In an age where personal data needs to be guarded closely, how can you protect your child against identity fraud? You may not think children would be ready victims of identity theft, but unfortunately, that’s not the case. According to CNBC, in 2017 over one million children were the victims of identity theft, the majority of them just seven years olds or younger. Here’s what you need to know about checking the security of your child’s identity to ensure peace of mind.
Why It’s Important
Your child’s credit score may not matter now, but upon turning 18, whatever score is attached to their social security number will immediately belong to them, whether obtained erroneously or not. Many parents don’t realize their child’s identity has been compromised until they’re getting ready to head off to college and applying for student loans or credit cards. At that time, if your child’s credit has been adversely affected, it can take some time to clear it up.
How Do You Know?
There may be signs. If you’ve received notifications from the IRS that your child’s social security number is being used on another tax return, owes any kind of income tax or is receiving bills or collection calls for products you’ve never purchased, you’ll want to investigate.
According to the Consumer Financial Protection Bureau, the first step is to see if your child has a credit report. To do so, contact the major credit report agencies: Equifax, Experian or Trans Union. All three have an option for checking the credit of a minor child either online or via mail. If your minor child has a credit report, it may be an indication of nefarious activity.
How Do You Clear It Up?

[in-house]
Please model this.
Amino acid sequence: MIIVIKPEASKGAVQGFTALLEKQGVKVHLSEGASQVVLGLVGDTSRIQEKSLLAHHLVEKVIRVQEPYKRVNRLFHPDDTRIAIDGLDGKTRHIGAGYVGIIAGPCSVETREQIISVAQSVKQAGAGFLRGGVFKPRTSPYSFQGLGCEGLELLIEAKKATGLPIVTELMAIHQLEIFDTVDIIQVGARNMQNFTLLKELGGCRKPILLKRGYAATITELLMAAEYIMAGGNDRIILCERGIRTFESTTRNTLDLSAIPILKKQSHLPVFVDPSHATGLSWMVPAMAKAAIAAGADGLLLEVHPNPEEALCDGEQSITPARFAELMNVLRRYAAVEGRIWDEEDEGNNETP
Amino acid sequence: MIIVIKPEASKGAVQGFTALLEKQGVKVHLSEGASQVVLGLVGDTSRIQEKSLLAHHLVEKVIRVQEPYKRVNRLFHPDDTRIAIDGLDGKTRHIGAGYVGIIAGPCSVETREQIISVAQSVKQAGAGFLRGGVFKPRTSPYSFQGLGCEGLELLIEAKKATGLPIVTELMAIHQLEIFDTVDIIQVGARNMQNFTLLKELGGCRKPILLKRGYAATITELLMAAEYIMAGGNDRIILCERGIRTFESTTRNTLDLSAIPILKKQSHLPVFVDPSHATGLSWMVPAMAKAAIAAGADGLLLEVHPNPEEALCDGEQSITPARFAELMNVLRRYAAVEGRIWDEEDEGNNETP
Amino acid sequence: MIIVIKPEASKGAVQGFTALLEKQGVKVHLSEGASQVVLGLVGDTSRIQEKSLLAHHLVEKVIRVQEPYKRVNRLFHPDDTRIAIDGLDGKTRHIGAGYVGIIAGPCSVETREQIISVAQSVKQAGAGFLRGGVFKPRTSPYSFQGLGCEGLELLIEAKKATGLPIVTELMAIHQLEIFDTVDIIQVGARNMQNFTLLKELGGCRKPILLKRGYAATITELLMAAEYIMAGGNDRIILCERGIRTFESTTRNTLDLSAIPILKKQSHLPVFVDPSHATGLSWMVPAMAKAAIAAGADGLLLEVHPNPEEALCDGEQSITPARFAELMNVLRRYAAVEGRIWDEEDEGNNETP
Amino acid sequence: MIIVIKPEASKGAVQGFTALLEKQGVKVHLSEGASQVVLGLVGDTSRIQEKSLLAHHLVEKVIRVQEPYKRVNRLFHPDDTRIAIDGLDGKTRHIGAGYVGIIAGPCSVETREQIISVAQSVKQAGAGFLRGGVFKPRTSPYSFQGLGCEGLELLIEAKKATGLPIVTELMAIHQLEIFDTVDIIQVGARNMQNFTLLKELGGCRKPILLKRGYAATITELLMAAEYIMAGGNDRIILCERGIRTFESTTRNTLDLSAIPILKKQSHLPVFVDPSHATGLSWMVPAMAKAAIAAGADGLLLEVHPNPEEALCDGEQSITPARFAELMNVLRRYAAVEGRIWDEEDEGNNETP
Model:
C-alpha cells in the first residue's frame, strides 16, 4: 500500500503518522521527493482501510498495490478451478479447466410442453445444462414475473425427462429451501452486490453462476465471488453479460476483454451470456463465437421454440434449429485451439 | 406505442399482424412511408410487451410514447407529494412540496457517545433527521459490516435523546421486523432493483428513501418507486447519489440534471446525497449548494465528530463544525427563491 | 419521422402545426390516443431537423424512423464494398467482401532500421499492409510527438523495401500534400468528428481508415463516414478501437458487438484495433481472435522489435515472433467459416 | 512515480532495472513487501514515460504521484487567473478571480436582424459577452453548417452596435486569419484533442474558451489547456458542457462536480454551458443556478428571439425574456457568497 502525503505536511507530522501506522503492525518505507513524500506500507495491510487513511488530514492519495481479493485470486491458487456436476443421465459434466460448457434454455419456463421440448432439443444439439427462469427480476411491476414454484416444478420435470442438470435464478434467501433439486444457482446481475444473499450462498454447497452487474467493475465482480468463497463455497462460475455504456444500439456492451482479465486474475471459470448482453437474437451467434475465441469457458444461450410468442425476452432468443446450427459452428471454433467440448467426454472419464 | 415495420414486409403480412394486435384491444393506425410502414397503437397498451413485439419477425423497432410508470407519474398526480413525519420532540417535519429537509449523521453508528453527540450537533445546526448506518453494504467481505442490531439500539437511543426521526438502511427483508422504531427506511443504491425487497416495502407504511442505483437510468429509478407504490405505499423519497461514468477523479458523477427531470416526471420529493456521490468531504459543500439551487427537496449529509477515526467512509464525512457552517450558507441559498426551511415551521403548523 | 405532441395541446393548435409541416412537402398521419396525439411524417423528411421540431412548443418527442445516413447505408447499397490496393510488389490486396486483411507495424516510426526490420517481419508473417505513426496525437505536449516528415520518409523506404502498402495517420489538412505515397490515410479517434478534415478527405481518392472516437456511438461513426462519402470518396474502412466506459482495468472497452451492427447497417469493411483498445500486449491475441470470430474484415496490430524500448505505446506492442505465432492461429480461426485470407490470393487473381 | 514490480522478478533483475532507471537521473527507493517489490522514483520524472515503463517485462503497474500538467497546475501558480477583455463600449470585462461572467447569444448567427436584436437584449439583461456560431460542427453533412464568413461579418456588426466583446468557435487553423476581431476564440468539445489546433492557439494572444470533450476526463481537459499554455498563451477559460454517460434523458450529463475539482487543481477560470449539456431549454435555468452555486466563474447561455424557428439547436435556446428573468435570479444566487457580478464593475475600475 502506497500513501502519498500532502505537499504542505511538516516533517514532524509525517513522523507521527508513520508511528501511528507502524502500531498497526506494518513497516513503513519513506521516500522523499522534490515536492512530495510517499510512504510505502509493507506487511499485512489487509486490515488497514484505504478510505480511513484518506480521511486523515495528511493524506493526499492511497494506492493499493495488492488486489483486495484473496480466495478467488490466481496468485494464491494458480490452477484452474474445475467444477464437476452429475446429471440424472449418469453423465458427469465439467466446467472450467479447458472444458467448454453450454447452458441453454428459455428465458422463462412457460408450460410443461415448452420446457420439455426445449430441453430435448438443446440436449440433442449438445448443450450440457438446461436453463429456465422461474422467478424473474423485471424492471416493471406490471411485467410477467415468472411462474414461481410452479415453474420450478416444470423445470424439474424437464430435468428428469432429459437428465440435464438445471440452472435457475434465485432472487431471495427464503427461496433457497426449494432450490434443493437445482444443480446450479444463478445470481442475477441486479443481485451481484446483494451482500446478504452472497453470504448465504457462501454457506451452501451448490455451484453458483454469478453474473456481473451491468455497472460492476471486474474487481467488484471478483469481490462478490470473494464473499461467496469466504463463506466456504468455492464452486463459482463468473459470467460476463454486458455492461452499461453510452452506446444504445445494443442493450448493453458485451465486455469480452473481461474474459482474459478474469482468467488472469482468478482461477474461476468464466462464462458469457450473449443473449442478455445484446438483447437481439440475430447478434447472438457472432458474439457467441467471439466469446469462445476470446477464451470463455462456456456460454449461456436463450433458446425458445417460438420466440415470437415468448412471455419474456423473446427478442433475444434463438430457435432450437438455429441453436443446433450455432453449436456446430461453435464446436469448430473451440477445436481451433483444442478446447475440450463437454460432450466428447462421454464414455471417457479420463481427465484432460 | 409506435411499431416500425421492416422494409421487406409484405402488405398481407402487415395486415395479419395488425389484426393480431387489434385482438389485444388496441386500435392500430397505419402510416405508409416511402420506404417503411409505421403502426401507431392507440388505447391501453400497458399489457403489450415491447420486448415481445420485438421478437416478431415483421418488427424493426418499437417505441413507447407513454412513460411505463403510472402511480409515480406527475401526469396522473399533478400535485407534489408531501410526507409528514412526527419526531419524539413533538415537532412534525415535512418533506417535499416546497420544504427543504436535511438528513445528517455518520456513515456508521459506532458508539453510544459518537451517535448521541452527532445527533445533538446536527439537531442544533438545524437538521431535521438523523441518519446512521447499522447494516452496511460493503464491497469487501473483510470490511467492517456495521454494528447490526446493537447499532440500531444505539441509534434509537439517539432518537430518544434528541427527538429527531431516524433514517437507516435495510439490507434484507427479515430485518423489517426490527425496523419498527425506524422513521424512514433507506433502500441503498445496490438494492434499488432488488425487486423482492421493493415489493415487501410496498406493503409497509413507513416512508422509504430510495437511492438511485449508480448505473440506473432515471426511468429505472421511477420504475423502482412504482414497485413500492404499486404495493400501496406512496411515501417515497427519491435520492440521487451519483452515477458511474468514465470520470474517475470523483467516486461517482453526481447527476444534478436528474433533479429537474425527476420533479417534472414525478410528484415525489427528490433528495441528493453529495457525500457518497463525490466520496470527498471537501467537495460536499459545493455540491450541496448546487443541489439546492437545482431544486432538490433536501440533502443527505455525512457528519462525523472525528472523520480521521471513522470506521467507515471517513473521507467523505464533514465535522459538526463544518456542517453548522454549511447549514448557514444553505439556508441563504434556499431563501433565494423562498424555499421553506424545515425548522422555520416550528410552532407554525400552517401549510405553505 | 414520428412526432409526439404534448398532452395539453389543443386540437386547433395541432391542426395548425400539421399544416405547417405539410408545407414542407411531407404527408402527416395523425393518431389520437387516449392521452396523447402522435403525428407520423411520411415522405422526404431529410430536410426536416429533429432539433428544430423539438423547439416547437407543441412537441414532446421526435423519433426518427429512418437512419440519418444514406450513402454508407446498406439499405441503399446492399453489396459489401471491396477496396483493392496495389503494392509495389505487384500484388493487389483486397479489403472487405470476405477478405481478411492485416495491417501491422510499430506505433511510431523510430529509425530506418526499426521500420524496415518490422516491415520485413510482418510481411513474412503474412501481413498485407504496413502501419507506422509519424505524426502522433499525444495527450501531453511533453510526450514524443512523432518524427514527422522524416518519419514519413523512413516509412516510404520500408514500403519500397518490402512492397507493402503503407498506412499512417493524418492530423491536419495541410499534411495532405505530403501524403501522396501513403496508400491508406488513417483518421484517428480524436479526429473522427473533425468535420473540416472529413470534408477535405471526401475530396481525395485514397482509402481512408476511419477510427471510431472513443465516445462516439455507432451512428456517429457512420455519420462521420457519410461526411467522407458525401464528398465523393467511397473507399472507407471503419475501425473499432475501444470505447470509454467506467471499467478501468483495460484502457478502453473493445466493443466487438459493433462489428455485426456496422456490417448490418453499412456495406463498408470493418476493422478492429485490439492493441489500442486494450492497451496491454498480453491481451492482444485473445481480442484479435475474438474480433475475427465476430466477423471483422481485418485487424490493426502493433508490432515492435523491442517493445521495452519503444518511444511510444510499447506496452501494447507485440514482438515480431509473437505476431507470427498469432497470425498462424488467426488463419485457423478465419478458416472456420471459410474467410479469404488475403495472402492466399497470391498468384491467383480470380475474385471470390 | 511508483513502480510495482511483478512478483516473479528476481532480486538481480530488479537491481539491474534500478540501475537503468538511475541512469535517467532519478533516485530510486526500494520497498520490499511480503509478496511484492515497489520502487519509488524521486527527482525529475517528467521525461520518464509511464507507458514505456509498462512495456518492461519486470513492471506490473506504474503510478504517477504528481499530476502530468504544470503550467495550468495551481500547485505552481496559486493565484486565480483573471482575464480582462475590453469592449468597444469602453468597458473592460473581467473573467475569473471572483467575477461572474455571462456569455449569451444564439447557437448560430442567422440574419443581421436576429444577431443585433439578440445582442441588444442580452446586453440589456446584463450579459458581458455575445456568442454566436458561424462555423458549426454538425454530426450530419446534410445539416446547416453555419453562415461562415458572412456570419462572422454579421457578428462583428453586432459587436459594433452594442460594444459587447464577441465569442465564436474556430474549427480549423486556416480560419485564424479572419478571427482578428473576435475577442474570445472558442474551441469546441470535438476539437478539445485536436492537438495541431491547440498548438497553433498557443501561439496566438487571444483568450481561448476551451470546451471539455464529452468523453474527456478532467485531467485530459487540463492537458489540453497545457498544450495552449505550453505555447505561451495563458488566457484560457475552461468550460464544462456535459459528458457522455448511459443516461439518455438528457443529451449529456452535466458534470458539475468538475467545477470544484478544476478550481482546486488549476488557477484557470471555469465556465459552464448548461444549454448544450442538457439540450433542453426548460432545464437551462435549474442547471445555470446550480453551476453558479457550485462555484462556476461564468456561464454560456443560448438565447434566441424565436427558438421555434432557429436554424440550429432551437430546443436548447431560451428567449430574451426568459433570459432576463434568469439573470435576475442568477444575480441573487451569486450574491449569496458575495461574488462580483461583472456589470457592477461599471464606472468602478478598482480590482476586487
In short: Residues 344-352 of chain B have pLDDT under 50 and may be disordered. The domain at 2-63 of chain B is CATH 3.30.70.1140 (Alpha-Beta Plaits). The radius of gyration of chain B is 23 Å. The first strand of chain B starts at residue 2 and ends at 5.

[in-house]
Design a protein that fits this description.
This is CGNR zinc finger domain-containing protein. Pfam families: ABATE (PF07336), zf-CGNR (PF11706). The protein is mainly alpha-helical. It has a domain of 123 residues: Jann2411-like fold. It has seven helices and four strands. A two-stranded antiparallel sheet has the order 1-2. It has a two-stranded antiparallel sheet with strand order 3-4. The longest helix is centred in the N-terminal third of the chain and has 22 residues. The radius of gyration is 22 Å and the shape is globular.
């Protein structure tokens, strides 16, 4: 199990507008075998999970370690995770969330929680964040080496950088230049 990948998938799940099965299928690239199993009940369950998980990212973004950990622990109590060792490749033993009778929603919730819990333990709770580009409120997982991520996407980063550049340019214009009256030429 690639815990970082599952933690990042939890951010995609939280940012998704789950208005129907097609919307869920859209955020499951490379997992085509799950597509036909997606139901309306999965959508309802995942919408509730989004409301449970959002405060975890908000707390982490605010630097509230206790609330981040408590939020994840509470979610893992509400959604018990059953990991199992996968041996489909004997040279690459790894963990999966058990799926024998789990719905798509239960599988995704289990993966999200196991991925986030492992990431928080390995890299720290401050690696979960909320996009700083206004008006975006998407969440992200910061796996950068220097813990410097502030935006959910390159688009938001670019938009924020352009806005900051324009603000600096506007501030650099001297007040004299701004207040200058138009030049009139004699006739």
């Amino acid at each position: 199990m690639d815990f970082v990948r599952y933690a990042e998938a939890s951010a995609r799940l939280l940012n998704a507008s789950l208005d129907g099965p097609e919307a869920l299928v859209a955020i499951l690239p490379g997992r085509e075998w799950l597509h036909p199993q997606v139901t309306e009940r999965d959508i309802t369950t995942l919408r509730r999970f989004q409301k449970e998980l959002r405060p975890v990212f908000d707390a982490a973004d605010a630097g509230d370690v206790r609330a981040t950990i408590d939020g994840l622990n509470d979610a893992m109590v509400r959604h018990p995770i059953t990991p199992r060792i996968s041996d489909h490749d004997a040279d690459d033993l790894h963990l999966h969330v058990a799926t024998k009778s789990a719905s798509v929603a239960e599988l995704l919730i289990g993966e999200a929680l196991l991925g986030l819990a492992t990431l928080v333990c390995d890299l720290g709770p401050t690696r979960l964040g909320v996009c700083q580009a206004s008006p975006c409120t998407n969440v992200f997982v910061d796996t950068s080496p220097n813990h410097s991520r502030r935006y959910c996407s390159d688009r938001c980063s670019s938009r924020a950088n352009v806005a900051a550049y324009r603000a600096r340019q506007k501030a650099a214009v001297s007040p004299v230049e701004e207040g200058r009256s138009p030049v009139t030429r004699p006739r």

If your child’s identity has been compromised and accounts opened in their name, the Federal Trade Commission (FTC) recommends contacting all of the companies where accounts have been opened and reporting the fraud. Cancel the account and ask for a letter releasing your child from any financial responsibility. Next, contact credit bureaus and have fraudulent accounts removed from your child’s report. Finally, contact the FTC and report the fraud.
If your child’s identity has been compromised, you may also consider freezing their credit. To do this, contact credit bureaus and complete forms that freeze your child’s credit until they’re old enough to use it legally. This freeze limits access to your child’s credit and makes it harder for criminals to open new accounts. Some financial experts recommend a credit freeze as a preemptive action to protect your child against fraud whether their identity has been compromised or not.
Protecting your child’s identity now could save you, and them, a larger problem in the future. Following a few simple steps will ensure your child’s credit will be ready for them to use when they need it.
Protecting Your Child From Identity Fraud — Sources